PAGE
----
Pre-budget consultation: Planned migration can raise remittance to $40b from $20b: Experts

Prothom Alo

Planned migration can raise remittance to $40b from $20b: Experts

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Labour migration, which is the lifeline of Bangladesh economy, has not happened in a planned manner over the years, experts observed, saying the time has come to manage the sector properly in a bid to garner more benefits from the sector.

The experts made these observations in an “Online Pre-Budget National Consultation for the FY 2021-2022 on Migrants’ Welfare” on Sunday.

Bangladesh Parliamentarians’ Caucus on Migration and Development, Bangladesh Civil Society for Migrants (BCSM) and WARBE Development Foundation jointly organised it on Sunday. PROKAS, British Council and Swiss Agency for Development and Cooperation supported it.

Bangladesh Parliamentarians’ Caucus on Migration and Development chairperson Shameem Haider Patwary MP gave the opening remarks while secretary general Mahjabeen Khaled presented the welcome speech.

Economist and former chairman, department of development studies and also director, Research and Policy Integration for Development (RAPID), M Abu Eusuf, presented an economically analytical report with the aim of protecting migrants’ welfare in the national budget.

Citing the practice of Philippines, Abu Eusuf said the country earns around USD 33 billion annually by sending only 2 million workers whereas Bangladesh earns around only USD 20 billion annually by sending over 10 million people.

While presenting his research paper, he said the labour migration has not taken place in a systematic way so far. As a result, the country is deprived of a huge amount of foreign currency, he added.

Abu Eusuf underscored the need for short, mid and long term plan. “The allocation of budget is very tiny. We have to identify areas where budget should be allocated further.”

Bangladesh is now in an advantageous position of demographic dividend and so it is needed to identify priority areas where focus has to be given,” he said.

While chairing the event, chairman of parliamentary standing committee on the expatriates’ welfare and overseas employment ministry, Anisul Islam Mahmud MP said the labour migration has not taken place in a systemic way.

He said, “We have to carry out a global study on the demand of labour market as the demand for labour will change after the post-Covid period.”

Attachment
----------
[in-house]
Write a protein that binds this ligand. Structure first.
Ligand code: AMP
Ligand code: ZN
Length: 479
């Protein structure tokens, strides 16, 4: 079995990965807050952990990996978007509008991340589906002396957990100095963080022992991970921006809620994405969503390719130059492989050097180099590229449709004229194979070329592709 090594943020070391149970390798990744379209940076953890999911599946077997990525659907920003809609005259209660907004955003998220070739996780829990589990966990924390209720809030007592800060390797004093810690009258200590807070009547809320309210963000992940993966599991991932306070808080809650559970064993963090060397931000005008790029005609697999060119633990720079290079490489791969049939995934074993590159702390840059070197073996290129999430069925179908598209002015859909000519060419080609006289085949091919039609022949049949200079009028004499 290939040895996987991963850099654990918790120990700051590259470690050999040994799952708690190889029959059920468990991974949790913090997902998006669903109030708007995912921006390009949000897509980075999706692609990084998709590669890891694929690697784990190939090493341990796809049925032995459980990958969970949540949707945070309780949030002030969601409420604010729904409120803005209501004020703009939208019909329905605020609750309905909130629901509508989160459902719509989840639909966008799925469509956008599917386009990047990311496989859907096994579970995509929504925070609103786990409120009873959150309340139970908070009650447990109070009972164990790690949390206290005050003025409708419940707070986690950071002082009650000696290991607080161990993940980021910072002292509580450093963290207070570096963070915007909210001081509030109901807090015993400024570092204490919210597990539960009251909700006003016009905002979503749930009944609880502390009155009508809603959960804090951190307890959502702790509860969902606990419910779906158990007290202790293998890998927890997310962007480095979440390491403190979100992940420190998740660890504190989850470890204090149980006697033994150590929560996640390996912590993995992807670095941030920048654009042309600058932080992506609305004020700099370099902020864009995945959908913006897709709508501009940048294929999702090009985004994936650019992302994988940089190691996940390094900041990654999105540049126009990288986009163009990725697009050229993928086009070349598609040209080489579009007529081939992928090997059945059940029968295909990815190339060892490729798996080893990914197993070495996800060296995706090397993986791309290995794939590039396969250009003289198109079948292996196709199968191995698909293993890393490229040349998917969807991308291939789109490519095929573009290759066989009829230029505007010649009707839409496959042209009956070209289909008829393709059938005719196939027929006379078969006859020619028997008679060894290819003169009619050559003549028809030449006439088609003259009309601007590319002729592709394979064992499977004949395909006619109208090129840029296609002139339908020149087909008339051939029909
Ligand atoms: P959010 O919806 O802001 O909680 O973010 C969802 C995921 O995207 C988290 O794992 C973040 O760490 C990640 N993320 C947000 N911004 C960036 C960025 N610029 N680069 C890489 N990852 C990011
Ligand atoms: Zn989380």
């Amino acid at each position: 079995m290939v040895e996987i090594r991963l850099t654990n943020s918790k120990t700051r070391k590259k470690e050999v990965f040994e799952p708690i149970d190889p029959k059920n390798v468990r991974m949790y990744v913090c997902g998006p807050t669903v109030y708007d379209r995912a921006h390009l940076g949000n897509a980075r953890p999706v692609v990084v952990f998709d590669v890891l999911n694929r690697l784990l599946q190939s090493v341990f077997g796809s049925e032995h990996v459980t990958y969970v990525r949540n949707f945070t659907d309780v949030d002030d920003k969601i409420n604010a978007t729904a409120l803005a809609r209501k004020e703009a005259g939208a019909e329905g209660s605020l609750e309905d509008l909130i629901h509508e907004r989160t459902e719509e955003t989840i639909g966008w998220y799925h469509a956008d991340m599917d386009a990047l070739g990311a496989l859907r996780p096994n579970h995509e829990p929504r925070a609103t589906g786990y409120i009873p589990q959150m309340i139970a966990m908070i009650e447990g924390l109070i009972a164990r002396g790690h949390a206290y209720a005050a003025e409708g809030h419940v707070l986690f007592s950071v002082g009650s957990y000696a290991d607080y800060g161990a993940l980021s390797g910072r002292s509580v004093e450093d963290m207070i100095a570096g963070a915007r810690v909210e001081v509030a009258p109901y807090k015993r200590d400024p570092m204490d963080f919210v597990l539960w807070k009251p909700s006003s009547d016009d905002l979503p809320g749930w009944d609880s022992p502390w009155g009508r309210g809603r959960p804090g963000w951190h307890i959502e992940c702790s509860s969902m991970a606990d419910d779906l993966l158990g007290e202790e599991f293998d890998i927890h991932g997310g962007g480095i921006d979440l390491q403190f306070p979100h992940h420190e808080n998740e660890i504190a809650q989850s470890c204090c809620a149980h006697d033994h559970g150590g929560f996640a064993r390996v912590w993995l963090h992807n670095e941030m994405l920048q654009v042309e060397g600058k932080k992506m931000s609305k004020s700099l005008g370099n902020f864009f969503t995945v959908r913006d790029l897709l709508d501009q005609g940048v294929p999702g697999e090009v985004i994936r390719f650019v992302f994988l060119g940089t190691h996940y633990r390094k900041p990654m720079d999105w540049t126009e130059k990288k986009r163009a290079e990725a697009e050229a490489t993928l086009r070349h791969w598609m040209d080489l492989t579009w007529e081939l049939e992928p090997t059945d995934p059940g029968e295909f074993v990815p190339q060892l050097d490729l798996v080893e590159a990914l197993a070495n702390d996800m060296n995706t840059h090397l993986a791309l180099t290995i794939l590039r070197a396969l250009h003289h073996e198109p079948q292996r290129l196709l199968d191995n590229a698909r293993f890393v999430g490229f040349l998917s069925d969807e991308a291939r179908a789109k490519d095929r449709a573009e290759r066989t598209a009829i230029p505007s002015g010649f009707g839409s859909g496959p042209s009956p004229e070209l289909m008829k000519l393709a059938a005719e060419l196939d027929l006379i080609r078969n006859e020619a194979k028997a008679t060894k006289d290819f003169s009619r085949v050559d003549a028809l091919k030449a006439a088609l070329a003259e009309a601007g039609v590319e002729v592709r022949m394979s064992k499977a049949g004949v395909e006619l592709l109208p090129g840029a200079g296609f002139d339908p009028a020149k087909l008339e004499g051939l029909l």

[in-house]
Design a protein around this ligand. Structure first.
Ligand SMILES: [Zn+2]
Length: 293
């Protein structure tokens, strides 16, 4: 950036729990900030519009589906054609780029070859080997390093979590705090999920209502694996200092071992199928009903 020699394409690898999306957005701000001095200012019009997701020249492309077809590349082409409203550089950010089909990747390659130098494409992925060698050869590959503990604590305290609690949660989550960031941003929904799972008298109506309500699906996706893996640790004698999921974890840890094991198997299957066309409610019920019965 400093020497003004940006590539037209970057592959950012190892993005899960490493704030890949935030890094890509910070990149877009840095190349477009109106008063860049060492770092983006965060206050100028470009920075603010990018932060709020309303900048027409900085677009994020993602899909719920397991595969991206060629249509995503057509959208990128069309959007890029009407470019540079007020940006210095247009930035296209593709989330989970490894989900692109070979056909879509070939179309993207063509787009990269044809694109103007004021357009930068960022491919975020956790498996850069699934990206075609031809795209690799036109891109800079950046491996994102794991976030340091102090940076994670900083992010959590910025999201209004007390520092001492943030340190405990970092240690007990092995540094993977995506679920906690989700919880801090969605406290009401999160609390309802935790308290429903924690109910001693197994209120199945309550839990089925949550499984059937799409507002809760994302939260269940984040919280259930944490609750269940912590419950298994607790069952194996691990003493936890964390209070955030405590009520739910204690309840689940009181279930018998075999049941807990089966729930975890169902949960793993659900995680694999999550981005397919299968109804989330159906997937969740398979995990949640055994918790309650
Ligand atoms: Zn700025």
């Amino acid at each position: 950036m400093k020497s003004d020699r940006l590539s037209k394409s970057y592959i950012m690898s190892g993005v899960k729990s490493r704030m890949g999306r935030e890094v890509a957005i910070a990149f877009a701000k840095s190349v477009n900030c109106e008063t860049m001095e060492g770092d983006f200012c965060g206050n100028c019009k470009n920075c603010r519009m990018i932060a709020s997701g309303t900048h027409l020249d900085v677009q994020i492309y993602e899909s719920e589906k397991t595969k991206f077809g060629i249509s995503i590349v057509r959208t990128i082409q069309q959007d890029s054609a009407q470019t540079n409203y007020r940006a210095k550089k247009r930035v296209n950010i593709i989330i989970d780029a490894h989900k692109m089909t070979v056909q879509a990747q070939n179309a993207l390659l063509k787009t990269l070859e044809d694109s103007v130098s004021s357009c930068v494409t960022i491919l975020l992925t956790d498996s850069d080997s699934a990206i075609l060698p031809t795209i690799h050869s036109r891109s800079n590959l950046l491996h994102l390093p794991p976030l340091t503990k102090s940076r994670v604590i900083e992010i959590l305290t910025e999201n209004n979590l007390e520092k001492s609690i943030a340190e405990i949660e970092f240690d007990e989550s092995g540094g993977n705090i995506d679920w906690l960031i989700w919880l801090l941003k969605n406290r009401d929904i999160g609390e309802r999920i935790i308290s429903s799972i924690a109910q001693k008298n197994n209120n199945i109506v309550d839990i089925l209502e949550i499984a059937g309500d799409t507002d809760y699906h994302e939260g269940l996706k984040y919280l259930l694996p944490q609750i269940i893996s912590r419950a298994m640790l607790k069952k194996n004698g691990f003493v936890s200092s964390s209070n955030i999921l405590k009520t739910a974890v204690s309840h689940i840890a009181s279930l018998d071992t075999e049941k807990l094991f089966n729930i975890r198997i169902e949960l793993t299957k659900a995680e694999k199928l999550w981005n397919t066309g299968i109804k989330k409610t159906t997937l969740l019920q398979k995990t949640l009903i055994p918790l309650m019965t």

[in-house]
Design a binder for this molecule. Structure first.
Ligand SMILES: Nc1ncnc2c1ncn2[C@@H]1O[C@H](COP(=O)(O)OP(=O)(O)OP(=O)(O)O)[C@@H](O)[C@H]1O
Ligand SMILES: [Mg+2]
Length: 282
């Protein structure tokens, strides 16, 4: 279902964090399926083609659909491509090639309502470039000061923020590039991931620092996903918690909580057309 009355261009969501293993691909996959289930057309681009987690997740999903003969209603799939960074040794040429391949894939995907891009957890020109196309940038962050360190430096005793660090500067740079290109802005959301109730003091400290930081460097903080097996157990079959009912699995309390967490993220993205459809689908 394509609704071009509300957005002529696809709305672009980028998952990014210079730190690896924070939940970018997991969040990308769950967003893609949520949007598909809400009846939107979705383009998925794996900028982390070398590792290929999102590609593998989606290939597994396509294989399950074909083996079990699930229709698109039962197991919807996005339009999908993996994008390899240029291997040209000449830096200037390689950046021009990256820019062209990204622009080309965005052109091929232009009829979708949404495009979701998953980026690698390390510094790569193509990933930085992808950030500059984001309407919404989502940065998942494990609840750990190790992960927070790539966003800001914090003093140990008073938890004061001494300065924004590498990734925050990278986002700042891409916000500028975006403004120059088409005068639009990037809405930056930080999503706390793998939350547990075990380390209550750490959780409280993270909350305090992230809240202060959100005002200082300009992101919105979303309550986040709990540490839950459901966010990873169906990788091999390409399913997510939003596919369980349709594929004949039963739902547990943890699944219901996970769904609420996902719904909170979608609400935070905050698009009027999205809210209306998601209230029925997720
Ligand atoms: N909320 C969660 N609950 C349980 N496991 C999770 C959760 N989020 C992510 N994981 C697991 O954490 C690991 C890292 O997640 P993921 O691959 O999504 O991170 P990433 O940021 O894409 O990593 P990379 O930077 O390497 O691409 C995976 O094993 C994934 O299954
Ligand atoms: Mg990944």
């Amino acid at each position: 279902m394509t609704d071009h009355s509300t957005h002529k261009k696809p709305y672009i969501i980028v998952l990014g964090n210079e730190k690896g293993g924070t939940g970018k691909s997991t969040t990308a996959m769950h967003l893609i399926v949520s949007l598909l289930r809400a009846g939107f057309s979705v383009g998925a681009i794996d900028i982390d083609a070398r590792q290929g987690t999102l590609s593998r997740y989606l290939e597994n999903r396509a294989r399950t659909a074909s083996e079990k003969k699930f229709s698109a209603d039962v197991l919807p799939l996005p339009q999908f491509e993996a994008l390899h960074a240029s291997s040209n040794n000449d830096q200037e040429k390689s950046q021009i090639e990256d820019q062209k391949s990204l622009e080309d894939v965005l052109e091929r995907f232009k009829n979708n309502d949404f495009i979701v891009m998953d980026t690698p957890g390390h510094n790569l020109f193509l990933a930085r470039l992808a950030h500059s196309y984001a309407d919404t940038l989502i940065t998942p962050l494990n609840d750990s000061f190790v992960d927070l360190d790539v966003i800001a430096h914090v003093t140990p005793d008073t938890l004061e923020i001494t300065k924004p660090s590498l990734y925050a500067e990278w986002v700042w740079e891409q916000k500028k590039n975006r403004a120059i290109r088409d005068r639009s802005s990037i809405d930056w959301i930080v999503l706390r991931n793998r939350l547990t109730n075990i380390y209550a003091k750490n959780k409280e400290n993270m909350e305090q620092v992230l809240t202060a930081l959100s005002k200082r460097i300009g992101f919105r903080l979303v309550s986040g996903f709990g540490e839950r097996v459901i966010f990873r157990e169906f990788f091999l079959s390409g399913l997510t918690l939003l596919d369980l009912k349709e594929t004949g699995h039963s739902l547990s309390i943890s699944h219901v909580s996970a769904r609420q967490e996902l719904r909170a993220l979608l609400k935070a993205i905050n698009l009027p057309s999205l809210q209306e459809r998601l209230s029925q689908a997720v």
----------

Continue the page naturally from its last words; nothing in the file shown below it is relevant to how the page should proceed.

Citing the concern of social welfare ministry additional secretary Shah Alam who said training is being provided on some trades which have no demand in the job market, Anisul Islam Mahmud said skills that have no demand should be stopped.

“Rather we have to give priority on IT skills and other necessary skills which have great demand in the overseas job market,” he said.

He said allocation for the migration sector has to be increased and embassies have to be strengthened with budget allocation and manpower to ensure the welfare of the migrants.

Aroma Dutta MP said the national budget has already been finalised and so the fresh demand for increasing budget allocation in the migration sector will not come to any use.

“We have to identify what type of people is needed for which country. Required skilled people have to be created accordingly,” she observed.

Without any elaboration, Aroma Dutta said inter-ministerial coordination is extremely necessary.

Bangladesh ambassador in Ethiopia, Nazrul Islam, said this is the first budget of eighth five year plan. “So we have to take care so that the plans made for the migration sector are reflected in the budget.”

He also said 80 per cent of remittance is spent on welfare and consumption. An initiative has to be taken so that remittance is invested in the productive, Nazrul Islam added.

Expatriates’ welfare and overseas employment secretary Ahmed Munirus Saleheen said the allocation of more budgets is not the main problem in the migration sector.

He said management is the major problem as to how the labour migration can be done in an orderly manner.

Ahmed Munirus Saleheen mentioned some Tk 7 billion was made available for providing loans to migrants on low interest rate, but the migrants did not respond in that way.

While moderating the event, RUMMRU founding chair Tasneem Siddiqui said 2 per cent incentive for the migrants offered by the government has a tremendous role on the migrants to send money through the legal channel.

She said the initiative should not be stopped in any way, rather it should be raised to 4 per cent.

Former foreign secretary Shahidul Haque said there is a deficit of trust between the government and the migrant workers. As a result, the migrants are not turning up to take loans thinking that they might fall into trouble, he said.

Bangladesh ambassador to Jordan Nahida Sobhan said the budget has to be increased in the embassy beyond the labour wing. She also suggested appointing a lawyer for the embassy to look after the legal side.

RMMRU executive director CR Abrar, Shirin Lira of British Council, Anindya Dutta, Nazia Haidar of Swiss embassy, adv Hosne Ara Lutfa Dalia, MP Tanvir Shakil Joy, MP Sohail Rana, MP Ahsan Adelur Rahman, MP Adiba Anjum Mita, MP Fakhrul Imam, Roksana Yasmin Suty, Selina Jahan Lita, additional secretary of the social welfare ministry Shah Alam, finance ministry division deputy secretary Anisur Rahman, WARBE Development Foundation chairman Syed Saiful Haque and Sumaiya Islam of Bangladesh Nari Sramik Kendra, among others, participated in the event.

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